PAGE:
The software development life cycle is the way developer teams build their products. It is the sequence of processes that ensure product quality, reliability, and cost-effectiveness. Although there are numerous software development methodologies, they all have similarities in software development life cycle phases. With that said, let’s discover the 7 stages of the most common software development life cycle models.
Stage 1. Planning: Initial Project Estimations
The majority of software development projects begin with planning: the planning of the project scope, schedule, and costs. Planning is the stage for road mapping future software product development activities.
Here’s why the planning stage is crucial:
- It’s essential for understanding project sizes. You need to understand how much time and money the software product will take to develop;
- Planning is integral to seeing the bigger picture of a project. Although you may believe that you can see the project scheme in your head, it is often far more complex than you imagine.
Stage 2. Requirements: List Of Needed Functionality
As soon as you come up with a project plan, it’s time to list a set of features you want to see in your software product. Here’s how you can make this list exhaustive:
- Split functionality by the system modules. Separate reporting, calculating, rendering, and UI functionality, so you can focus on each category;
- Start by listing all the features you may need. This will considerably help you to keep all the options in mind and select the truly needed ones.
Stage 3. Solution Design: Creating A Software Prototype
Now that you have all the project requirements, it’s time to start prototyping a product. This phase of software development life cycle includes building a solution scaffold and architecture.
One more thing your team should deliver during a solution designing stage is project documentation. As soon as you are done with the software product architecture, get down to documenting the existing components, modules, services, and other system elements.
Here’s why it’s vital to create software product documentation in this development life cycle stage:
- The next phases will rely on the created architecture heavily. This means the clear definition of the system elements’ structure and purposes is a must;
- You’ll have to continue writing documentation later. With that said, it’s better to document the existing core functionality, so you have time and don’t forget to include all the crucial points in the future.
Stage 4. Development: Solution Engineering and Implementing
This phase isn’t the same as the previous one. While designing and prototyping aims to create a generic project structure, this software development life cycle stage serves to enhance this structure with features and make the end product user-friendly and marketable.
The development phase is when a company invites additional developers (often junior specialists) to develop and implement the functionality you’ve scheduled in the requirements stage. This is the stage when a product gains all its functions and becomes fully-featured.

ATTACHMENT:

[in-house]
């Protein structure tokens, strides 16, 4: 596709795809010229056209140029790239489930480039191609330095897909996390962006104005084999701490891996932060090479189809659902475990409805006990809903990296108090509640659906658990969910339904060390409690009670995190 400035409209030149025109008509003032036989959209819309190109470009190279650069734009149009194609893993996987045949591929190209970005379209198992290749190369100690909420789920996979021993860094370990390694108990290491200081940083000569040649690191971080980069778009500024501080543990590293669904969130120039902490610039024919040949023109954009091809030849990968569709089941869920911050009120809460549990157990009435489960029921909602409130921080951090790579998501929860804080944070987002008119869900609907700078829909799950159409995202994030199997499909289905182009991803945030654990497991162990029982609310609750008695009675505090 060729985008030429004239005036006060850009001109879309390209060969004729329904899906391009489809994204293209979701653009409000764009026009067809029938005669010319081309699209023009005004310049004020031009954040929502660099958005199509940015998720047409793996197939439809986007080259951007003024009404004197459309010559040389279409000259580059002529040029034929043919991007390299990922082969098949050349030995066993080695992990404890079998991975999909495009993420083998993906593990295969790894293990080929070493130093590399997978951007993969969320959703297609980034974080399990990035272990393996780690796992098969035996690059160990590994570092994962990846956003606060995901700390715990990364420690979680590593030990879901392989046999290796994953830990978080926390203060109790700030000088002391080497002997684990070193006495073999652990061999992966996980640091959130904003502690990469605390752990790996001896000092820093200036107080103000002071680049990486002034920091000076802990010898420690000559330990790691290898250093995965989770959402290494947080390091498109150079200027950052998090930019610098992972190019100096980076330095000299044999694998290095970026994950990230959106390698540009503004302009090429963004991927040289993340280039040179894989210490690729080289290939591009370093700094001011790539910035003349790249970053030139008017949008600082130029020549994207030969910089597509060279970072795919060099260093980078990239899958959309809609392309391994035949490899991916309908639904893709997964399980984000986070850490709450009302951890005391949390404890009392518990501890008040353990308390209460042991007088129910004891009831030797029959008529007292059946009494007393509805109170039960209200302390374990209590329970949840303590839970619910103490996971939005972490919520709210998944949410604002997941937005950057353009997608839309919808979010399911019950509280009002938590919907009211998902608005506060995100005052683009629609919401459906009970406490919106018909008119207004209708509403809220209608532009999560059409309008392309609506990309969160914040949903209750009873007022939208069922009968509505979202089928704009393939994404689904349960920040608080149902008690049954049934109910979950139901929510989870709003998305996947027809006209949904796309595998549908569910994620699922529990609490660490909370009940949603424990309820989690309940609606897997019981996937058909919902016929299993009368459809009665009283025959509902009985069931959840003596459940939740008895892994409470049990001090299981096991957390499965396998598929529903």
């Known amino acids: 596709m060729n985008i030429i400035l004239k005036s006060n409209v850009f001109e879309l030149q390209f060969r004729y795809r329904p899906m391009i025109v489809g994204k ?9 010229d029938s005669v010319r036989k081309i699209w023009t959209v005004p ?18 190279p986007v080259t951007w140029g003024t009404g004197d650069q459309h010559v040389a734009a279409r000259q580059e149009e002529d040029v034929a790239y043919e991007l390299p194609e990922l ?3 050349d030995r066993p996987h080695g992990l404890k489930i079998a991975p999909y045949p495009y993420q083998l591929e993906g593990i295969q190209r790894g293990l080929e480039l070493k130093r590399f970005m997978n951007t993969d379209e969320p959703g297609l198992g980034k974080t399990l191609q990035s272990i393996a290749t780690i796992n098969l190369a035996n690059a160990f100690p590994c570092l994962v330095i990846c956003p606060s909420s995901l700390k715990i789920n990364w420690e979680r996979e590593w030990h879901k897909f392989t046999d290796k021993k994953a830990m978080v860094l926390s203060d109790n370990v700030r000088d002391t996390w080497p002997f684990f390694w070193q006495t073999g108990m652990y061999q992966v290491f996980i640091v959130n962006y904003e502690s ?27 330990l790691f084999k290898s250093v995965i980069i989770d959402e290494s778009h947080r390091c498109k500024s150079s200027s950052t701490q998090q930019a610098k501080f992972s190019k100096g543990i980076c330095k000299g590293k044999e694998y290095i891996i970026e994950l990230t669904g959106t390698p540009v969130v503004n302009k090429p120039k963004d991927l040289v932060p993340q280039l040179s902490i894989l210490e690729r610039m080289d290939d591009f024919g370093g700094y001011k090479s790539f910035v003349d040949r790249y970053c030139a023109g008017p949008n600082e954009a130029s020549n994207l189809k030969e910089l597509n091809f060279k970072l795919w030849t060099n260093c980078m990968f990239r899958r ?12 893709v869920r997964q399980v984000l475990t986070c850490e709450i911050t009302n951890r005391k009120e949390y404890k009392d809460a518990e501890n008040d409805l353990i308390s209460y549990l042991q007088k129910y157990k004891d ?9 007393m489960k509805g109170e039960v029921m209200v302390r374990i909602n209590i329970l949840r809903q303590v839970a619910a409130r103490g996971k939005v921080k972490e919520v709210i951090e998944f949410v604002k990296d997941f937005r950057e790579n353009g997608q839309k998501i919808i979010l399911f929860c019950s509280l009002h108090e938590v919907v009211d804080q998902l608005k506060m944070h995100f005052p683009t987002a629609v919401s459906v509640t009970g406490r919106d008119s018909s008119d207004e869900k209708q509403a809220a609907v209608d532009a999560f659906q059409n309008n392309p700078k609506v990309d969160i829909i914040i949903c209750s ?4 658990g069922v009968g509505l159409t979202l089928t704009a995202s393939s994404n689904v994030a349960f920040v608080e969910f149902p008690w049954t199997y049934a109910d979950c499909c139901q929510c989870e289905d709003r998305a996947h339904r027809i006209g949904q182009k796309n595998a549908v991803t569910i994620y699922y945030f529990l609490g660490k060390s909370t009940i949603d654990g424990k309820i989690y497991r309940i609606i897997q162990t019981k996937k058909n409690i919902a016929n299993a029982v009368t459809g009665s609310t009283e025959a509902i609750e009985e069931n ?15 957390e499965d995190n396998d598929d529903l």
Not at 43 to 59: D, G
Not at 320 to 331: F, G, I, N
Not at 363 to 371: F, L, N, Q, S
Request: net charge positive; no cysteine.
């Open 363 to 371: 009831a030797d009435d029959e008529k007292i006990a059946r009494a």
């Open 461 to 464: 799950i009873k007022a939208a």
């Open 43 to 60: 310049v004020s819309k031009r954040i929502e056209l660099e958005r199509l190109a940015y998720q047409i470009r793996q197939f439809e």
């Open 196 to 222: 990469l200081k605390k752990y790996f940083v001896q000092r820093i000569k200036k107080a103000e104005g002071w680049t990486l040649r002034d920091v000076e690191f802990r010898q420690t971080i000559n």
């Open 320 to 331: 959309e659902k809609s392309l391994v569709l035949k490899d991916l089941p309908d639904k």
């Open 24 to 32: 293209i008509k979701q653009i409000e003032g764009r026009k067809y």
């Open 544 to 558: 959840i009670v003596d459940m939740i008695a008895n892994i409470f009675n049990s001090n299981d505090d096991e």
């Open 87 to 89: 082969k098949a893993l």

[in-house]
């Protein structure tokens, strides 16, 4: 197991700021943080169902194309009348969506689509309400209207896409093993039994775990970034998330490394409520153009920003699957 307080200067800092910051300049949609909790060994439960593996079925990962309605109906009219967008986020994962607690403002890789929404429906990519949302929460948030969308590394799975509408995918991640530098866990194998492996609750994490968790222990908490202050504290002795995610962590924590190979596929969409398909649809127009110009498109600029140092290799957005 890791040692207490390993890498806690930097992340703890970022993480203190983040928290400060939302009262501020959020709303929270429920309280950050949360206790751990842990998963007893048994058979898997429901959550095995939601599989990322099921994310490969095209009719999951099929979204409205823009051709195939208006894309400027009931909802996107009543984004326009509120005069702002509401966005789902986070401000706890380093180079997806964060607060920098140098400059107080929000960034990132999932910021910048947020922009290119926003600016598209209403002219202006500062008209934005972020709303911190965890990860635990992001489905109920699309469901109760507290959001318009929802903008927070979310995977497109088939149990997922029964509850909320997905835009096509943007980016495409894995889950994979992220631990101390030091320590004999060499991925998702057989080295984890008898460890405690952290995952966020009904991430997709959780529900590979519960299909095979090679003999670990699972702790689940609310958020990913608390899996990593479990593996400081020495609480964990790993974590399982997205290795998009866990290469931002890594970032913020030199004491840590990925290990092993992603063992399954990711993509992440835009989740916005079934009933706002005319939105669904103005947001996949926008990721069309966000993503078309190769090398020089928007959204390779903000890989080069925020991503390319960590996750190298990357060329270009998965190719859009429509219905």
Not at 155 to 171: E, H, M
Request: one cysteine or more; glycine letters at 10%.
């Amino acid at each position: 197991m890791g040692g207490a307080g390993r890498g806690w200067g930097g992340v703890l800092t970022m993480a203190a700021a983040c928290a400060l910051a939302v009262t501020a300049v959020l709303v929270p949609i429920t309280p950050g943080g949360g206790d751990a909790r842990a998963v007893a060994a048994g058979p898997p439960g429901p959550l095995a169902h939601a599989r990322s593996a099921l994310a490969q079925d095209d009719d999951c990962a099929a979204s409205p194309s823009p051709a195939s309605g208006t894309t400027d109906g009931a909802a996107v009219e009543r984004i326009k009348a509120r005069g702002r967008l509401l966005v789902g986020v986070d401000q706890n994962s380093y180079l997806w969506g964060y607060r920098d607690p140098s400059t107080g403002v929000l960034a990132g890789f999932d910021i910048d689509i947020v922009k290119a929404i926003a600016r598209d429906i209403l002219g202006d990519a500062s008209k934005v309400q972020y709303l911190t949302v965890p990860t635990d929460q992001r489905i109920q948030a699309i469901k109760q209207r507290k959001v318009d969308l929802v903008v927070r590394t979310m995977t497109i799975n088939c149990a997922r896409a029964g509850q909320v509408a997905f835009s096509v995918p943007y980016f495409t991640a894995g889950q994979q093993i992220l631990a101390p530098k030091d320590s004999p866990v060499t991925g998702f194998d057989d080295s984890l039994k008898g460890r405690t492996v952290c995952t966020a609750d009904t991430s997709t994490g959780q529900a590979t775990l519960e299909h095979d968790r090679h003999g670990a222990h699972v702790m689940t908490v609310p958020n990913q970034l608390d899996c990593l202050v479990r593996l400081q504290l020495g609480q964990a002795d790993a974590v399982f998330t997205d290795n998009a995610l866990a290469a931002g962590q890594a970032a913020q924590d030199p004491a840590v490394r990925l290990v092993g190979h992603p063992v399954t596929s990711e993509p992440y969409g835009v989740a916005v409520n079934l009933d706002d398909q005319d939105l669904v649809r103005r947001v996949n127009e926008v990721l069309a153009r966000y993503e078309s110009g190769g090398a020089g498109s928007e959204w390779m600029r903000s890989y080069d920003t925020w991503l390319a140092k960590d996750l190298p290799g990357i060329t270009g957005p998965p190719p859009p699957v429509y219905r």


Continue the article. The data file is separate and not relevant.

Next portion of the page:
Stage 5. Testing: Quality Assurance
Big projects come with big error risks. Fortunately, the modern SDLC approaches the issue with a testing phase. No matter how skillful and experienced your developer team is, the development and deployment of the bug-free and secure app without testing would be pure luck.
The testing stage includes but is not limited to the following testing processes:
- Unit testing. Before assessing the overall system quality, you need to test each set of functionality separately;
- Performance testing. Is your solution slow or has some unexpected behavior? This process aims to detect and eliminate performance-related issues;
- Security testing. Is there a way to access the protected data from outside without permission? Or is there vulnerability that can overload the whole system? Security testing is a process of fighting these vulnerabilities;
- Integration testing. Does your system perform well as a whole? Does it work correctly with external integrations? Integration testing focuses on testing the system as a single instance.
Stage 6. Deployment: Solution Configuration And Delivery
As you finish the testing routine, it’s time to deploy your solution. The deployment approach depends on the company level and experience. Mature enterprises implement automatic delivery, meaning the deployment involves little or no manual actions to deliver a solution to the production environment. At the same time, SMEs and industry-specific deployments still may require manual solution installation.
Stage 7. Support: Maintenance And Operations
The last software development life cycle phase is the support phase. It is a project stage when the solution is already working in the production environment, and all you have to do is make sure the system operates and stays performant.
Here at Gravum, we believe it is not only about monitoring malfunctioning you could miss during the testing phase. The IT world is a competitive environment, meaning there can be attacks on your servers to shut them down. Be ready for challenges.
The Bottom Line
As you can see, the conventional dev cycle introduces all key stages to develop your reliable software product on time. If you are looking for an experienced software development team, reach out to Gravum. We know how to optimize the software development life cycle for your project to achieve the best cost-effectiveness possible.